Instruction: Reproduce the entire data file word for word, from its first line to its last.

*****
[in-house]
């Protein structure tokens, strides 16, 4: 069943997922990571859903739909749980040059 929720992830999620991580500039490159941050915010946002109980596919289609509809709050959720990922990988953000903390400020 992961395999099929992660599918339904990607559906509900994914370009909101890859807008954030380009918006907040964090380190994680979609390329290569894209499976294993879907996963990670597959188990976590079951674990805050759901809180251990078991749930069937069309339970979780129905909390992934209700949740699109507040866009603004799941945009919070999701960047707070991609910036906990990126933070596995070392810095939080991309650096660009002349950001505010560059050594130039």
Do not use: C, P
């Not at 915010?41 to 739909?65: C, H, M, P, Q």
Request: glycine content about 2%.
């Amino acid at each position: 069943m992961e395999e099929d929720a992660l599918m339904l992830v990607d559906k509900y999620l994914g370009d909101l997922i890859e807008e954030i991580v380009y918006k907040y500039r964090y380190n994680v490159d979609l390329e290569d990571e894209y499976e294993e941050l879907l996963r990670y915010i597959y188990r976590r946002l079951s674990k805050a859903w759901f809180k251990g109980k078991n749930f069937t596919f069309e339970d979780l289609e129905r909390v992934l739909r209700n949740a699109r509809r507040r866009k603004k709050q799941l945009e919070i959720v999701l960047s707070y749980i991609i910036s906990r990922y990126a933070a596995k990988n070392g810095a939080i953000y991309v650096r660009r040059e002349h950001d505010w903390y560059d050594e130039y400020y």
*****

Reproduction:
[in-house]
């Protein structure tokens, strides 16, 4: 069943997922990571859903739909749980040059 929720992830999620991580500039490159941050915010946002109980596919289609509809709050959720990922990988953000903390400020 992961395999099929992660599918339904990607559906509900994914370009909101890859807008954030380009918006907040964090380190994680979609390329290569894209499976294993879907996963990670597959188990976590079951674990805050759901809180251990078991749930069937069309339970979780129905909390992934209700949740699109507040866009603004799941945009919070999701960047707070991609910036906990990126933070596995070392810095939080991309650096660009002349950001505010560059050594130039």
Do not use: C, P
């Not at 915010?41 to 739909?65: C, H, M, P, Q």
Request: glycine content about 2%.
């Amino acid at each position: 069943m992961e395999e099929d929720a992660l599918m339904l992830v990607d559906k509900y999620l994914g370009d909101l997922i890859e807008e954030i991580v380009y918006k907040y500039r964090y380190n994680v490159d979609l390329e290569d990571e894209y499976e294993e941050l879907l996963r990670y915010i597959y188990r976590r946002l079951s674990k805050a859903w759901f809180k251990g109980k078991n749930f069937t596919f069309e339970d979780l289609e129905r909390v992934l739909r209700n949740a699109r509809r507040r866009k603004k709050q799941l945009e919070i959720v999701l960047s707070y749980i991609i910036s906990r990922y990126a933070a596995k990988n070392g810095a939080i953000y991309v650096r660009r040059e002349h950001d505010w903390y560059d050594e130039y400020y």